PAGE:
US9534787B2 - Micromixing cap assembly - Google Patents

Micromixing cap assembly Download PDF

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Publication number
US9534787B2
US9534787B2 US13/797,925 US201313797925A US9534787B2 US 9534787 B2 US9534787 B2 US 9534787B2 US 201313797925 A US201313797925 A US 201313797925A US 9534787 B2 US9534787 B2 US 9534787B2
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Prior art keywords
air
mixing tubes
interior volume
support
mixing
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US20140260268A1 (en
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James Harold Westmoreland
Gregory Allen Boardman
Patrick Benedict MELTON
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General Electric Co
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General Electric Co
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Assigned to GENERAL ELECTRIC COMPANY reassignment GENERAL ELECTRIC COMPANY ASSIGNMENT OF ASSIGNORS INTEREST (SEE DOCUMENT FOR DETAILS). Assignors: BOARDMAN, GREGORY ALLEN, MELTON, PATRICK BENEDICT, Westmoreland, James Harold
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    • FMECHANICAL ENGINEERING; LIGHTING; HEATING; WEAPONS; BLASTING
    • F23COMBUSTION APPARATUS; COMBUSTION PROCESSES
    • F23RGENERATING COMBUSTION PRODUCTS OF HIGH PRESSURE OR HIGH VELOCITY, e.g. GAS-TURBINE COMBUSTION CHAMBERS
    • F23R3/00Continuous combustion chambers using liquid or gaseous fuel
    • F23R3/28Continuous combustion chambers using liquid or gaseous fuel characterised by the fuel supply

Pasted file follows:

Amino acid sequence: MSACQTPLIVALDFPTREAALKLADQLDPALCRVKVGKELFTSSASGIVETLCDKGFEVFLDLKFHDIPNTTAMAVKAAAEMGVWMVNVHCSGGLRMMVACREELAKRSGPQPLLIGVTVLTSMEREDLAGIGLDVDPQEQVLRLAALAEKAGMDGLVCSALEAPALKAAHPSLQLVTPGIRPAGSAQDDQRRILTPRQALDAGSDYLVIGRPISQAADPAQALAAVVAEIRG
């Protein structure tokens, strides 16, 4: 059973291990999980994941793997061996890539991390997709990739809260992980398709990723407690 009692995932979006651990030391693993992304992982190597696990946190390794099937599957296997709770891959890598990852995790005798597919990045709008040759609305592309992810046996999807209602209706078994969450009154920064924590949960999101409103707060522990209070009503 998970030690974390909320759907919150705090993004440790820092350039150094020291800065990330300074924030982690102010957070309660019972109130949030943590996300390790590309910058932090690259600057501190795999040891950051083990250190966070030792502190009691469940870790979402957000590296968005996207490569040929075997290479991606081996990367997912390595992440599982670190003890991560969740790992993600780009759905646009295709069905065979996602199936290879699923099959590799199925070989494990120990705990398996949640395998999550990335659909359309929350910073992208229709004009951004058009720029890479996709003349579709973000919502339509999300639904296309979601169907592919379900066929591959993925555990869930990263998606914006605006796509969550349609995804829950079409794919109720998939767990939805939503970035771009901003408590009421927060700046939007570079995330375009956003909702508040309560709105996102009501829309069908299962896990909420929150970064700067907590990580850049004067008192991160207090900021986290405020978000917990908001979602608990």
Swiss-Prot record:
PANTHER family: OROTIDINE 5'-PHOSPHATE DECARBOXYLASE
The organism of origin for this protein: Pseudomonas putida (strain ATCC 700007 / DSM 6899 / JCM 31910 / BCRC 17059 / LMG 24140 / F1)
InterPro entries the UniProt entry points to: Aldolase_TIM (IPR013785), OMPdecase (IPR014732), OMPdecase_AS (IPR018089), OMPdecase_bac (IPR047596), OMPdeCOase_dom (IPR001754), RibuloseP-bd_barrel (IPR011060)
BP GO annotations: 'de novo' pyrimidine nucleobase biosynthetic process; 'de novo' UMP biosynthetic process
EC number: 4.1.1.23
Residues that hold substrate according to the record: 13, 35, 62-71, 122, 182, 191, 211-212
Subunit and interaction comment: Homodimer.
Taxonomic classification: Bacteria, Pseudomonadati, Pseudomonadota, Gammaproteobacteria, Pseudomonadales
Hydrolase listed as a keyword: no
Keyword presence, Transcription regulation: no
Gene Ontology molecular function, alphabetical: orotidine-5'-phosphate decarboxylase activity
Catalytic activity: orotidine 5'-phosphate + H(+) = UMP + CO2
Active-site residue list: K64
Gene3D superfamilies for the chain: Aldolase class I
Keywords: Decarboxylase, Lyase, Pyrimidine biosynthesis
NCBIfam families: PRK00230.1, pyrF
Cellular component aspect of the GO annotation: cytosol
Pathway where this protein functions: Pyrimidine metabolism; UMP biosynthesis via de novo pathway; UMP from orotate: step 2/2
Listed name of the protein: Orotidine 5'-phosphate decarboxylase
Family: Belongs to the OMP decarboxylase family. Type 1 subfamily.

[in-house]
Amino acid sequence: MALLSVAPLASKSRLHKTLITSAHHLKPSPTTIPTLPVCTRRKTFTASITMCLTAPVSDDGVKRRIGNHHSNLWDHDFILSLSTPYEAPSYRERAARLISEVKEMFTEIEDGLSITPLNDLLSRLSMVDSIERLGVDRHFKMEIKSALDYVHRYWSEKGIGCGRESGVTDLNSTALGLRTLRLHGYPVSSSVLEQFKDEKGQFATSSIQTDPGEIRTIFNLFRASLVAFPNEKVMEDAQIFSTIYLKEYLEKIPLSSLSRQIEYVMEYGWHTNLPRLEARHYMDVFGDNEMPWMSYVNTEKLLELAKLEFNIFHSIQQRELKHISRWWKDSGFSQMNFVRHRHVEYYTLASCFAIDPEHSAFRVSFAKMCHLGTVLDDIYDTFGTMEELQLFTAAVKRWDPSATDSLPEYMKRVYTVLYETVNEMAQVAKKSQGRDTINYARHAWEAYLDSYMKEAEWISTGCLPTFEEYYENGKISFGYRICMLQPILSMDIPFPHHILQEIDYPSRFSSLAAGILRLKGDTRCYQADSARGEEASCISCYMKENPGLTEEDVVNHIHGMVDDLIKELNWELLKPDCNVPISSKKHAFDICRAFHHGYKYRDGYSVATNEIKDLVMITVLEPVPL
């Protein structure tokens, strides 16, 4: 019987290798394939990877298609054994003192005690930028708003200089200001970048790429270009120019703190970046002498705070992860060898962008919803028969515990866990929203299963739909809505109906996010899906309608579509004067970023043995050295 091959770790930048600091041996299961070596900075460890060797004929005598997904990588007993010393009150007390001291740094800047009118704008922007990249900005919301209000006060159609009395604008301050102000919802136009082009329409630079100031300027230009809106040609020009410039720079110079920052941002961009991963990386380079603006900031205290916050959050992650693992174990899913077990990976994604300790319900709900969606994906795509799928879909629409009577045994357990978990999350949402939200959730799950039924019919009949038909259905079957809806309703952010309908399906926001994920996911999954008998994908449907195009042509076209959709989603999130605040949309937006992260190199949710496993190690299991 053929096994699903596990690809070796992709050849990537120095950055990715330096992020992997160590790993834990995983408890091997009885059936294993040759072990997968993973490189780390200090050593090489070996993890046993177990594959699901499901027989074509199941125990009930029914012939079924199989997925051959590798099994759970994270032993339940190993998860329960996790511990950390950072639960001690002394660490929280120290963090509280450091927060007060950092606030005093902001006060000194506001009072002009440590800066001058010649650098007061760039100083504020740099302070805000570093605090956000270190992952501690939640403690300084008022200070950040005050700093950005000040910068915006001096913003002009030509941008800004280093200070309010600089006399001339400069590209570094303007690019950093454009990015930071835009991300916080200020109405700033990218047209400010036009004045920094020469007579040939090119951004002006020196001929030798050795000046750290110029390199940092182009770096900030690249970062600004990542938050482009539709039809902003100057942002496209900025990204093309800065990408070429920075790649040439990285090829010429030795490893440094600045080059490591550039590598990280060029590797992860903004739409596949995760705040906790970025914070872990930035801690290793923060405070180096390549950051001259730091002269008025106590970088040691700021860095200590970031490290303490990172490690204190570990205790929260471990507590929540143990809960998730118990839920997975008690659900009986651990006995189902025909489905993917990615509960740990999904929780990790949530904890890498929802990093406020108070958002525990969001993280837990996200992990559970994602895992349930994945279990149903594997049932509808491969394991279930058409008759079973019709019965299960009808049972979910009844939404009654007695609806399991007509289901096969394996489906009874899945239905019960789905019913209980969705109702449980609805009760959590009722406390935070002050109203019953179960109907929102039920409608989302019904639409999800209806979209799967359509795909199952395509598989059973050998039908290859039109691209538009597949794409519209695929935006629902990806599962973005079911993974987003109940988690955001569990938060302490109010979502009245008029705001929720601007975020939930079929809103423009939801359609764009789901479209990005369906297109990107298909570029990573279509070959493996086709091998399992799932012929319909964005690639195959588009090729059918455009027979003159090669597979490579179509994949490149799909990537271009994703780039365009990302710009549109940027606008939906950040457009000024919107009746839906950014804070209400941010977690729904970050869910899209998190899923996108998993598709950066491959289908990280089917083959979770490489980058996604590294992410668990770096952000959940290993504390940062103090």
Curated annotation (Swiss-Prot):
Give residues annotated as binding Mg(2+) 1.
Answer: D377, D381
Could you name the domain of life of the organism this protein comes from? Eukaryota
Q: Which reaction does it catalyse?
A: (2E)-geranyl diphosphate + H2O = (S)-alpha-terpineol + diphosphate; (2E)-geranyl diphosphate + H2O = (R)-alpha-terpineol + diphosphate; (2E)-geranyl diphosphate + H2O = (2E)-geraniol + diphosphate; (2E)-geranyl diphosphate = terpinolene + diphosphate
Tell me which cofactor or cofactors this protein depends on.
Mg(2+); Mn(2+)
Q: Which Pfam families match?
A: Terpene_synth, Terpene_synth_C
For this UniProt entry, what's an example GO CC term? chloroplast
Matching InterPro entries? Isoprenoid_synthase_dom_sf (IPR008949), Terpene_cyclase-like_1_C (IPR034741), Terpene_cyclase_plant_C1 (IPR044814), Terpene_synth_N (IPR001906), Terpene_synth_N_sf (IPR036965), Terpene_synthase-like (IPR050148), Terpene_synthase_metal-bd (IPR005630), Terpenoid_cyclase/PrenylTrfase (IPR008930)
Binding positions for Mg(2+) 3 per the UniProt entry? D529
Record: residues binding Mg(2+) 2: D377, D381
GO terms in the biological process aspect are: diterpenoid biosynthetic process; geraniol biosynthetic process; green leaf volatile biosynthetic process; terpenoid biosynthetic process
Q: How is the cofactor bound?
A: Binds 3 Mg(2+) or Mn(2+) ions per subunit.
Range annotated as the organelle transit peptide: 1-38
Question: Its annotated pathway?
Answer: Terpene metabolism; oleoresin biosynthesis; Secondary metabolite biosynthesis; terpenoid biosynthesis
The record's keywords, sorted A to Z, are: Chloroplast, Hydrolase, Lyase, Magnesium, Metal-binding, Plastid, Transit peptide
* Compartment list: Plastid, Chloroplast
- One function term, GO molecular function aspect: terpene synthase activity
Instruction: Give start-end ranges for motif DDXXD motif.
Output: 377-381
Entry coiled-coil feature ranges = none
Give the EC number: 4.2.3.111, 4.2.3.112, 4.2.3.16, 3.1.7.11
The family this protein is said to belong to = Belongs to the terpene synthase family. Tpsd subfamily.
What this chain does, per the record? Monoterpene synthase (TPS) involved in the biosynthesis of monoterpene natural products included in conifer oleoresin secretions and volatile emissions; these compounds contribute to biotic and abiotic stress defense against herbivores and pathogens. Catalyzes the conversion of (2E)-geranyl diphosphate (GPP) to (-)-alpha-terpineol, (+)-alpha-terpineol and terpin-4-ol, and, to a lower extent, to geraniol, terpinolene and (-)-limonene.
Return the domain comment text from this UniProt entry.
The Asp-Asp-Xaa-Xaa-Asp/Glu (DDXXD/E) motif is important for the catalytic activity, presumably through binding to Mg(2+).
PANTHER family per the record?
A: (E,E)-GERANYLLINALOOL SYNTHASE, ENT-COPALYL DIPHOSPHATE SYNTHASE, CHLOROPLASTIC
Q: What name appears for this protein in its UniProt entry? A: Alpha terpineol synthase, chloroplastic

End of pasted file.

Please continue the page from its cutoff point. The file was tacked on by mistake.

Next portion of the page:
• F23R3/286Continuous combustion chambers using liquid or gaseous fuel characterised by the fuel supply having fuel-air premixing devices
    • FMECHANICAL ENGINEERING; LIGHTING; HEATING; WEAPONS; BLASTING
    • F23COMBUSTION APPARATUS; COMBUSTION PROCESSES
    • F23RGENERATING COMBUSTION PRODUCTS OF HIGH PRESSURE OR HIGH VELOCITY, e.g. GAS-TURBINE COMBUSTION CHAMBERS
    • F23R3/00Continuous combustion chambers using liquid or gaseous fuel
    • F23R3/02Continuous combustion chambers using liquid or gaseous fuel characterised by the air-flow or gas-flow configuration
    • F23R3/04Air inlet arrangements
    • F23R3/10Air inlet arrangements for primary air
    • YGENERAL TAGGING OF NEW TECHNOLOGICAL DEVELOPMENTS; GENERAL TAGGING OF CROSS-SECTIONAL TECHNOLOGIES SPANNING OVER SEVERAL SECTIONS OF THE IPC; TECHNICAL SUBJECTS COVERED BY FORMER USPC CROSS-REFERENCE ART COLLECTIONS [XRACs] AND DIGESTS
    • Y02TECHNOLOGIES OR APPLICATIONS FOR MITIGATION OR ADAPTATION AGAINST CLIMATE CHANGE
    • Y02TCLIMATE CHANGE MITIGATION TECHNOLOGIES RELATED TO TRANSPORTATION
    • Y02T50/00Aeronautics or air transport
    • Y02T50/60Efficient propulsion technologies, e.g. for aircraft
    • Y02T50/675

Abstract

A system includes a combustor cap assembly for a multi-tube fuel nozzle. The combustor cap assembly includes a support structure defining an interior volume configured to receive an air flow, a plurality of mixing tubes disposed within the interior volume, wherein each of the plurality of mixing tubes comprises a respective fuel injector and is individually removable from the combustor cap assembly, an air distributor disposed within the interior volume and configured to distribute the air flow received by the interior volume to each of the plurality of mixing tubes, and a combustor cap removably coupled to the support structure.